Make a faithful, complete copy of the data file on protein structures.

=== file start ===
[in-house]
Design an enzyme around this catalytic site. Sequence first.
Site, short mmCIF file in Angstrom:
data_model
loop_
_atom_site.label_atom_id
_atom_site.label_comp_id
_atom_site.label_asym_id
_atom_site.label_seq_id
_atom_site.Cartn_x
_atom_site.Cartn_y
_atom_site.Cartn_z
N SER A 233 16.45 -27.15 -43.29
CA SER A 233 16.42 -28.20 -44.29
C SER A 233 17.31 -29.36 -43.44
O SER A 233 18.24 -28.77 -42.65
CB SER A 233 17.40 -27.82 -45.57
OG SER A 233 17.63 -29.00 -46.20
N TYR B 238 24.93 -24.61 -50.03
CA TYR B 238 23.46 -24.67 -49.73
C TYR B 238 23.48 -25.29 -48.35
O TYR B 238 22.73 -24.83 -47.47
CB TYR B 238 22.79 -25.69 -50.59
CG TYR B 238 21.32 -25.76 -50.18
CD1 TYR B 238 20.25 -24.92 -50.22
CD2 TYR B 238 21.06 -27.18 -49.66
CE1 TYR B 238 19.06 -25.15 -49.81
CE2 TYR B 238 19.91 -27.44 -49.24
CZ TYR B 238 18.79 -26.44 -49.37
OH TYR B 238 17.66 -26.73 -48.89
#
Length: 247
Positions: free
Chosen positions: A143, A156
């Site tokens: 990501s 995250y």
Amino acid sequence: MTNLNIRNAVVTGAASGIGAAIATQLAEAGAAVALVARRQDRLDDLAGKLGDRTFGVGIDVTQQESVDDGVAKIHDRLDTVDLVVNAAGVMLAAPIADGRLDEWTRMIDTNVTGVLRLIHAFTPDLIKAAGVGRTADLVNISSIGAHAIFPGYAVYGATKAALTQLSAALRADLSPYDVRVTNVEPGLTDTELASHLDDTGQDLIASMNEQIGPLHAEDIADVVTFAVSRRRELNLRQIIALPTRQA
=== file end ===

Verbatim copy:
[in-house]
Design an enzyme around this catalytic site. Sequence first.
Site, short mmCIF file in Angstrom:
data_model
loop_
_atom_site.label_atom_id
_atom_site.label_comp_id
_atom_site.label_asym_id
_atom_site.label_seq_id
_atom_site.Cartn_x
_atom_site.Cartn_y
_atom_site.Cartn_z
N SER A 233 16.45 -27.15 -43.29
CA SER A 233 16.42 -28.20 -44.29
C SER A 233 17.31 -29.36 -43.44
O SER A 233 18.24 -28.77 -42.65
CB SER A 233 17.40 -27.82 -45.57
OG SER A 233 17.63 -29.00 -46.20
N TYR B 238 24.93 -24.61 -50.03
CA TYR B 238 23.46 -24.67 -49.73
C TYR B 238 23.48 -25.29 -48.35
O TYR B 238 22.73 -24.83 -47.47
CB TYR B 238 22.79 -25.69 -50.59
CG TYR B 238 21.32 -25.76 -50.18
CD1 TYR B 238 20.25 -24.92 -50.22
CD2 TYR B 238 21.06 -27.18 -49.66
CE1 TYR B 238 19.06 -25.15 -49.81
CE2 TYR B 238 19.91 -27.44 -49.24
CZ TYR B 238 18.79 -26.44 -49.37
OH TYR B 238 17.66 -26.73 -48.89
#
Length: 247
Positions: free
Chosen positions: A143, A156
């Site tokens: 990501s 995250y």
Amino acid sequence: MTNLNIRNAVVTGAASGIGAAIATQLAEAGAAVALVARRQDRLDDLAGKLGDRTFGVGIDVTQQESVDDGVAKIHDRLDTVDLVVNAAGVMLAAPIADGRLDEWTRMIDTNVTGVLRLIHAFTPDLIKAAGVGRTADLVNISSIGAHAIFPGYAVYGATKAALTQLSAALRADLSPYDVRVTNVEPGLTDTELASHLDDTGQDLIASMNEQIGPLHAEDIADVVTFAVSRRRELNLRQIIALPTRQA